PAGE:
Blue Island Oyster Bar has been a seafood staple in Cherry Creek since 2015, and this past January, the popular haunt opened an outpost in Lone Tree. Chef-owner Sean Huggard and his New York–based partner Chris Quartuccio (who owns Blue Island Oyster Farm, which grows mollusks for the restaurant) fly in 10 varieties of oysters daily, delighting guests with signature Blue Island No. 9s, which have a medium brine and notes of cucumber. Enjoy $2.50 shucks during the daily happy hour (2–6 p.m.), and $1 oysters all day Monday. 2625 E. 2nd Ave., 10008 Commons St., Ste. 100, Lone Tree
For Andy Niemeyer, owner of eight-year-old Cart-Driver, chilled oysters and piping hot pizza are a delicious pairing, and Denverites seeking both bites can nosh on wood-fired slices and slurp down mollusks at either the RiNo or LoHi locations. The restaurants carry three to four East and West Coast varieties each, which are purchased directly from family farms three times a week. Favorites include melony Hama Hamas from Washington state and buttery Island Creeks from Massachusetts. Visit for the daily happy hour, when oysters are $1 off along with $7 bubbles on tap. 2239 W. 30th Ave., 2500 Larimer St., Ste. 100
Forget Me Not
Thursdays through Saturdays, Oyster Wulff’s Wolven shucks oysters out of a cooler on the patio at Forget Me Not, Cherry Creek’s chic cocktail bar. Wolven, who grew up in Maine plucking ocean dwellers fresh from the water, maintains relationships with the mom-and-pop farms back home, and flies oysters to the Centennial State multiple times per week. Wolven prefers oysters with high salinity—which helps carry tertiary notes like reed grass and moss, he says—and has honed his palate and his craft by traveling the country to attend oyster festivals and learn regional shucking techniques. So while at $5 a pop, the oysters he brings in are some of the highest-priced in Denver, in this expert’s hands, they’re worth it. 227 Clayton St.
Jax Fish House and Oyster Bar
If you arrive before 26-year-old Jax’s LoDo location opens at 3:30 p.m., expect to wait in line with other seafood aficionados congregating for the daily happy hour, when house oysters are just $2. Developed in collaboration with Virginia-based Rappahannock River Oysters, the proprietary Emersums are smooth, clean, and vegetal—perfect for introducing to an oyster-shy friend or pairing with a glass of Brut (just $8 during happy hour). More adventurous eaters should slurp the eight to 10 other varieties on ice, like the slow-growing West Coast favorites, Kumamotos, which are honeydew-sweet with a mild brine. The well of mouth-watering options never runs dry, however, and Sheila Lucero, the restaurant’s culinary director, says the team can shuck up to 6,000 oysters in a day and up to 15,000 for big events such as the Rockies opening weekend. 1539 17th St.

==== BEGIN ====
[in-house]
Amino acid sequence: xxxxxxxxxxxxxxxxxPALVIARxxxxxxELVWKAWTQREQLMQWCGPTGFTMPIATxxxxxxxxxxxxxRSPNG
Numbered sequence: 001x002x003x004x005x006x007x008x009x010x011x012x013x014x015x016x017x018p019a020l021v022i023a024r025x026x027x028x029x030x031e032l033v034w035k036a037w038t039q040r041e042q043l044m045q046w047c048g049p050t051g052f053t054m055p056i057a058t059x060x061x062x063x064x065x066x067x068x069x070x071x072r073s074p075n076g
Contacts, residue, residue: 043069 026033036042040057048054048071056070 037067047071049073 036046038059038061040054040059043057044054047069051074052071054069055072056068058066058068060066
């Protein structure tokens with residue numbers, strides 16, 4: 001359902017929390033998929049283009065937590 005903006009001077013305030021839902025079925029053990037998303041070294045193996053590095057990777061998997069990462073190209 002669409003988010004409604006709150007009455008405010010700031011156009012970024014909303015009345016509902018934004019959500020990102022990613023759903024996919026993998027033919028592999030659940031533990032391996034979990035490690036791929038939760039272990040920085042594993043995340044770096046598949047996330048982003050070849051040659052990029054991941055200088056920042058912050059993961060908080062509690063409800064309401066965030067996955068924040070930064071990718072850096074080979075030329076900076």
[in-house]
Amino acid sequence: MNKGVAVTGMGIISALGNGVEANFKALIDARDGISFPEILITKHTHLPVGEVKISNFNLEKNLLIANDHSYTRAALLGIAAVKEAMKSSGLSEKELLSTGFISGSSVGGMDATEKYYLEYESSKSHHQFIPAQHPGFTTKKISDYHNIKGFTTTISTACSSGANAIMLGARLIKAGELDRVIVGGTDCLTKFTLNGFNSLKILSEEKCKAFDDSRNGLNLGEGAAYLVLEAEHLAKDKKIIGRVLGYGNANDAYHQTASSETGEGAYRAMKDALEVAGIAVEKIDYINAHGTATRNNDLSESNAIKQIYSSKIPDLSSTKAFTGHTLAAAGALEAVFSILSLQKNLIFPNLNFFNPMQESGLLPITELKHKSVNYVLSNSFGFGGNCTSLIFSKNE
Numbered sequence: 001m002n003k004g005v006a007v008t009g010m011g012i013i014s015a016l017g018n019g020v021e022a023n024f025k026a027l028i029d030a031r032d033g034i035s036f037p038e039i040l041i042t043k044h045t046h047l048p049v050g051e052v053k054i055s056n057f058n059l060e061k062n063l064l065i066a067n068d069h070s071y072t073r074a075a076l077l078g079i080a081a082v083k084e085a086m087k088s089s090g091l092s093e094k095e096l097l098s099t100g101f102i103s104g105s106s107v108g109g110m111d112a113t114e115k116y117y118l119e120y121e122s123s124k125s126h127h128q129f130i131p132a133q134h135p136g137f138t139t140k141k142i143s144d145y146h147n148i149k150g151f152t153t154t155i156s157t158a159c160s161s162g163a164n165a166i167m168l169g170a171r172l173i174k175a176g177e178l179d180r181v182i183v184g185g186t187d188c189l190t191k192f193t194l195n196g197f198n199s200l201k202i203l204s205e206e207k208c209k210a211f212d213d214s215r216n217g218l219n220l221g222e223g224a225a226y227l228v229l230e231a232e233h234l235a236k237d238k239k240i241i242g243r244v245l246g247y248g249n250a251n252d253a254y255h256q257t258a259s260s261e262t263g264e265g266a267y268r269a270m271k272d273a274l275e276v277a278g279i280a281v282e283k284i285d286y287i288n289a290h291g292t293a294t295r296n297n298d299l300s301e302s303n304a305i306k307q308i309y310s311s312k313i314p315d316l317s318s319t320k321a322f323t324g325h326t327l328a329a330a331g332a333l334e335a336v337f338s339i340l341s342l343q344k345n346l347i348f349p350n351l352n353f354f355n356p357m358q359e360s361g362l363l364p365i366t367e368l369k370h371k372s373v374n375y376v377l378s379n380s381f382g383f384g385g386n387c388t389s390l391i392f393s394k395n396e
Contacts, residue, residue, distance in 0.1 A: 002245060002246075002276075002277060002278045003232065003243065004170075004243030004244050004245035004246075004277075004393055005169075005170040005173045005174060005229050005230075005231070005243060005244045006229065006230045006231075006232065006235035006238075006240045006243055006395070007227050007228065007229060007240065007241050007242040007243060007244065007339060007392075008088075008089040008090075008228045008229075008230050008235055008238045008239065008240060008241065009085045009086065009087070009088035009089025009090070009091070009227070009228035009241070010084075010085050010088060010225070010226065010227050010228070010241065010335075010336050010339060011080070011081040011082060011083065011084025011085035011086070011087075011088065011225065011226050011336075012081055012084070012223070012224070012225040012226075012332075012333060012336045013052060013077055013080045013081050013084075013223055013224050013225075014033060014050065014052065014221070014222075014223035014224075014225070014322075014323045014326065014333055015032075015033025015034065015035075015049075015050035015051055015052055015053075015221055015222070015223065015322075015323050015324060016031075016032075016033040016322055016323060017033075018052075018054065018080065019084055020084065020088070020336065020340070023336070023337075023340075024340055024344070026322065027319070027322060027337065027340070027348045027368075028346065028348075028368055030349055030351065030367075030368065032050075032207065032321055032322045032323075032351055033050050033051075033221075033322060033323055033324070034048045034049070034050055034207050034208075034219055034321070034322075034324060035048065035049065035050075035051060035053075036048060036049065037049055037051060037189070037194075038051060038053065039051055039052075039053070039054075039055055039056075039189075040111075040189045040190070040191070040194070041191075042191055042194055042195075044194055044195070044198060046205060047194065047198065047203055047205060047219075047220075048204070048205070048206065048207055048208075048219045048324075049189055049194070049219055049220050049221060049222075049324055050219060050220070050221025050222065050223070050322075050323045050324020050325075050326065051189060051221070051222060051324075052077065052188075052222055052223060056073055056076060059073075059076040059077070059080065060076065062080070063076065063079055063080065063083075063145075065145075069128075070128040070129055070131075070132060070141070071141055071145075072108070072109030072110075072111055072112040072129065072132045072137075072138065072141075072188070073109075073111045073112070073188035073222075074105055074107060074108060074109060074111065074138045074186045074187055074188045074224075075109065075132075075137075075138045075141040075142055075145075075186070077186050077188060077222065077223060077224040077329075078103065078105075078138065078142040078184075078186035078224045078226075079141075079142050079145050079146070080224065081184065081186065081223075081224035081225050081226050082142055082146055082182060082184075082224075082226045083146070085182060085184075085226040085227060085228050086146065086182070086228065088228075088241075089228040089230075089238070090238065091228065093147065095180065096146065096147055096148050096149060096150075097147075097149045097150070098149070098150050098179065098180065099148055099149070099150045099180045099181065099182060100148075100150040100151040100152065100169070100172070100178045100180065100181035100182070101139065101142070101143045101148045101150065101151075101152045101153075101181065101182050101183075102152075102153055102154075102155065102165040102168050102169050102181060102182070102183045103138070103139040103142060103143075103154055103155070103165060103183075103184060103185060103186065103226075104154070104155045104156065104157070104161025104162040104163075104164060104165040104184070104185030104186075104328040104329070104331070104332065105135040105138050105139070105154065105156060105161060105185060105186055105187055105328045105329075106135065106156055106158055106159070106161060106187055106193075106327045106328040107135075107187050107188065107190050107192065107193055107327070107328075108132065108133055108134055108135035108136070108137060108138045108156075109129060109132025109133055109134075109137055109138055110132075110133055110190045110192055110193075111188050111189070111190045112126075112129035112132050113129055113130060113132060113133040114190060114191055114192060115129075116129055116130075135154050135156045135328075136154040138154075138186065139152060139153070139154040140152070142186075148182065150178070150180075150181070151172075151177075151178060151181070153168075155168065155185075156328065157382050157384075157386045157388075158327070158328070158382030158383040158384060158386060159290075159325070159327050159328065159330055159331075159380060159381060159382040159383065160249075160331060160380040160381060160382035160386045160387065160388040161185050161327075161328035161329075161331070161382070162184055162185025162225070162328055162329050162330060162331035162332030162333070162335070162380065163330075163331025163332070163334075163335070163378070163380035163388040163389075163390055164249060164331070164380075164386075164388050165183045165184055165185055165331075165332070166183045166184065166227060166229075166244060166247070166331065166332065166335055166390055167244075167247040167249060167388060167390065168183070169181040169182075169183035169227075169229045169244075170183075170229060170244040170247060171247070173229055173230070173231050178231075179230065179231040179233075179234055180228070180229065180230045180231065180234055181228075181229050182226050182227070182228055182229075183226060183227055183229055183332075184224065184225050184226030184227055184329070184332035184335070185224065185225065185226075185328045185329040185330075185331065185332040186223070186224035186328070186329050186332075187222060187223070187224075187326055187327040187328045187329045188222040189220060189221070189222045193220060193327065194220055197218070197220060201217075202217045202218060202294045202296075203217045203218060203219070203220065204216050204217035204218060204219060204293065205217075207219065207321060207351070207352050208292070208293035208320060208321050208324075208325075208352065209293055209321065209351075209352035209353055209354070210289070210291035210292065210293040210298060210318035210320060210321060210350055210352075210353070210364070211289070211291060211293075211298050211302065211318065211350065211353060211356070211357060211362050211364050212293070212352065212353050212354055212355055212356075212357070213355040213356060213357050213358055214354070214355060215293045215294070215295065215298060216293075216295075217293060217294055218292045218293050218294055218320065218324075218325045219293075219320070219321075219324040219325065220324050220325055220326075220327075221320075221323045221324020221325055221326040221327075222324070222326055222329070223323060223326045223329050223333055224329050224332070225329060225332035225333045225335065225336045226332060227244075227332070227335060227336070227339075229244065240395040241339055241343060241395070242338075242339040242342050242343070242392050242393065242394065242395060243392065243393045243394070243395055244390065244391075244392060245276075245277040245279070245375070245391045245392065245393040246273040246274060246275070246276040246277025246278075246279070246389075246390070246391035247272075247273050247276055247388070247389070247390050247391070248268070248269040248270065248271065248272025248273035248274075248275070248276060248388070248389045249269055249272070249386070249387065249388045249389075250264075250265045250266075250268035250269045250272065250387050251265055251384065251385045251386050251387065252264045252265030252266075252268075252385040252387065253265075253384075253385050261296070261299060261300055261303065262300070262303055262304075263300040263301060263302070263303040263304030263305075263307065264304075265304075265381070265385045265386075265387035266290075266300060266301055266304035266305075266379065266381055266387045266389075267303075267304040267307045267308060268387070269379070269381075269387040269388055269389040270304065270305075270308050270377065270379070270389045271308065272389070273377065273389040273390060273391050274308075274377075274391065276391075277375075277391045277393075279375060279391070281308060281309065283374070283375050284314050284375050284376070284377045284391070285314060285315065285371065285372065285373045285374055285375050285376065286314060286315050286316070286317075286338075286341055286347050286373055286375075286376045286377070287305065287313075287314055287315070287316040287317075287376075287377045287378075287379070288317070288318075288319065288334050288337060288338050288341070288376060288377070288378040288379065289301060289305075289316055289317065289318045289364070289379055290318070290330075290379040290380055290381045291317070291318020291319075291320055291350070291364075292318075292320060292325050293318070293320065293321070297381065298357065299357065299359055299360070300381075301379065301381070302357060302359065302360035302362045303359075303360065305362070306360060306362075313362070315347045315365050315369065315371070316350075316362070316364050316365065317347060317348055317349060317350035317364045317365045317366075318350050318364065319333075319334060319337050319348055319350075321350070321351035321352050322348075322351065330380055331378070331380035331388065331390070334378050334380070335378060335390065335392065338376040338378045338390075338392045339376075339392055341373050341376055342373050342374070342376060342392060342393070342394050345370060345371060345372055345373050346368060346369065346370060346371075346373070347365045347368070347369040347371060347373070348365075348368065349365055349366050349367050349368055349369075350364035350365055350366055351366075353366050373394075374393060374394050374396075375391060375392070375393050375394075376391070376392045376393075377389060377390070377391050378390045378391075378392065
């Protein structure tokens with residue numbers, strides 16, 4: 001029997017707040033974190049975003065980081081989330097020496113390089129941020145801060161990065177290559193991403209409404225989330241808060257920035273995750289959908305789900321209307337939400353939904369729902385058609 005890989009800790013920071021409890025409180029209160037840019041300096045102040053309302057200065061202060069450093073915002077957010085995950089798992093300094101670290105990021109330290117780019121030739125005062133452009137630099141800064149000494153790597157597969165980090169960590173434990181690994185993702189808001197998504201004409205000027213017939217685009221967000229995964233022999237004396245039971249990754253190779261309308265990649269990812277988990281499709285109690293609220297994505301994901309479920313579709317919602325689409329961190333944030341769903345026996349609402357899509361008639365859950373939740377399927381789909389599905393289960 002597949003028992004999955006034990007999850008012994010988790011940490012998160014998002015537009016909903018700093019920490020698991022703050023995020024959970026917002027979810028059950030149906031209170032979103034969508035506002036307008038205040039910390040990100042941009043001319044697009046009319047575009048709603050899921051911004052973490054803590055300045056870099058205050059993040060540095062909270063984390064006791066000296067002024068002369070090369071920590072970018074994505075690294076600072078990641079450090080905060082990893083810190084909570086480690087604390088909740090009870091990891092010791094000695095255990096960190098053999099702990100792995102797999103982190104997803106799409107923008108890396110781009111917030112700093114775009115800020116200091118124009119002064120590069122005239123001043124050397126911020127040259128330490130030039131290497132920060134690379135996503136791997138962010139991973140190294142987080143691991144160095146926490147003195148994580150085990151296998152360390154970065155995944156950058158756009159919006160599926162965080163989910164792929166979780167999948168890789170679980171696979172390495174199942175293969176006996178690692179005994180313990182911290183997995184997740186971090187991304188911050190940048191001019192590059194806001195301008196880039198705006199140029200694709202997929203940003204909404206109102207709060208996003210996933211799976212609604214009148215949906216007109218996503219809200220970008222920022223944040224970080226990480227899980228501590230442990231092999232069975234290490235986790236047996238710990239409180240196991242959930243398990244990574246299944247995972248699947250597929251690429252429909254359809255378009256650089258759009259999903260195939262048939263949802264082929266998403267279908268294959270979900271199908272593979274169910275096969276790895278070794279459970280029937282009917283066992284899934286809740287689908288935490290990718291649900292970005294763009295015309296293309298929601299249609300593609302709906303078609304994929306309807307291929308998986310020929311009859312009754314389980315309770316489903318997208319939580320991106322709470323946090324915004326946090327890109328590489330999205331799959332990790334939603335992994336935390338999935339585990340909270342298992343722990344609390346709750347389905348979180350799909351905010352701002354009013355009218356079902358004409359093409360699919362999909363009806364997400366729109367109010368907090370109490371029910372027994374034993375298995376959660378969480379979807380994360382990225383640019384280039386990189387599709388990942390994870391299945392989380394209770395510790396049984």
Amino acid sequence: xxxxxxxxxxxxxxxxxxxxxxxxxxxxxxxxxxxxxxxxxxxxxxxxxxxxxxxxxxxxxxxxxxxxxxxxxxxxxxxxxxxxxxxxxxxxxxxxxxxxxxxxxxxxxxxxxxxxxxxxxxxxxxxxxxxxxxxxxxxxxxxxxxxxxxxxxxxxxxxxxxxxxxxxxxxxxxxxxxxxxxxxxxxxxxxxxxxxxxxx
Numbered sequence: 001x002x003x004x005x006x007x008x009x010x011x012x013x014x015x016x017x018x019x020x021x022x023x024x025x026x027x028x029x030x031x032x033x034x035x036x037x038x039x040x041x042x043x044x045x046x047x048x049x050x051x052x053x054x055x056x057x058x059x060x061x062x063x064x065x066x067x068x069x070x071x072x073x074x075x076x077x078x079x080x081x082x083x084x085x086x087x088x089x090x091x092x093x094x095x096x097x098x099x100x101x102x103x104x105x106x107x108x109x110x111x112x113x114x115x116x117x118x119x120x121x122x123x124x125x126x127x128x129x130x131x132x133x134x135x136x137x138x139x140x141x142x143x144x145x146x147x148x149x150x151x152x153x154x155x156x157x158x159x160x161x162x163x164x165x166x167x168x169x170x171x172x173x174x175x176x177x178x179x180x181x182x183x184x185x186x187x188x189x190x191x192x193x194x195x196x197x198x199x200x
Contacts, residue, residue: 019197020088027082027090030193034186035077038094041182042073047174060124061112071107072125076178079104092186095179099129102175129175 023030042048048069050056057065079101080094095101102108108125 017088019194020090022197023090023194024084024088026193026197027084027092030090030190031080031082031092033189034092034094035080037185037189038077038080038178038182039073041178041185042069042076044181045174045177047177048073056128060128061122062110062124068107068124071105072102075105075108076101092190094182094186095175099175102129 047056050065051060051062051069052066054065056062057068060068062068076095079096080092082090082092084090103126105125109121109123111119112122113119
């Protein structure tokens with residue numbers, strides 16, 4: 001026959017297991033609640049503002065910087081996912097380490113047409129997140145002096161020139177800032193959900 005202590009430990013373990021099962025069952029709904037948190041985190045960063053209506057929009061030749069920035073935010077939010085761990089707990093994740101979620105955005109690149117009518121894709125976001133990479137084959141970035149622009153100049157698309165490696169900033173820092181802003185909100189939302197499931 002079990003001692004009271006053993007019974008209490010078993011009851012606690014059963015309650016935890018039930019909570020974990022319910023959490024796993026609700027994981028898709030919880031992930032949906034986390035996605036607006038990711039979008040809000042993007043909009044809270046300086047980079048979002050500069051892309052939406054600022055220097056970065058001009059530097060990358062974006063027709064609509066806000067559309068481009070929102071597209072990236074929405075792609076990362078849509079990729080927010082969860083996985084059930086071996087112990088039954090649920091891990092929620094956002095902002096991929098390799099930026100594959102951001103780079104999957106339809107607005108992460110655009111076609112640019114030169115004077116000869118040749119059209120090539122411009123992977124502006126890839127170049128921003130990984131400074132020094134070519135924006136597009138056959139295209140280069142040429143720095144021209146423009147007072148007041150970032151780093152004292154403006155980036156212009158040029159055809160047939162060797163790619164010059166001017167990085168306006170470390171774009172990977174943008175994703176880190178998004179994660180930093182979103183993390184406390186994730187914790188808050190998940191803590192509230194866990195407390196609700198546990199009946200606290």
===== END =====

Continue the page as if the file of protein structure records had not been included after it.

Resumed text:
Two-month old Water Grill has wowed Denverites with some of the freshest fruits of the sea, flown in daily from King’s Seafood, its proprietary distribution company—and that prowess is especially apparent in the raw bar menu. Pass through the expansive formal dining room to arrive at the more casual bar, where you’ll find experts shucking shells right on the bartop. Select from up to 18 different varieties on any given day, including standouts like the creamy-sweet, slightly briny Wellfleets, and lesser-known options such as earthy Taber Points, and mineral-forward Blue Pools. Slurp them down raw or add a kick with Water Grill’s fresh habanero-lime relish. 1691 Market St.
Stoic & Genuine
This Union Station bastion from chef Jennifer Jasinski and her partner Beth Gruitch gathers fresh oysters daily from both coasts—currently shucking crowd-pleasers like the briny, mineral-forward Moondancers from Maine and meaty, cucumber-fresh Oishis from North Puget Sound, Washington. Visit the spacious, light-filled bistro for “oyster hour,” from 2–5 p.m., Monday through Friday, for two-buck shucks of chef’s choice East or West Coast oysters, plus $7 bubbles, wine, and cocktails. Be sure to visit in September for Stoic & Genuine’s annual OysterFest, when the shellfish takes over the menu in all forms, from oyster paté to po’ boys. 1701 Wynkoop St.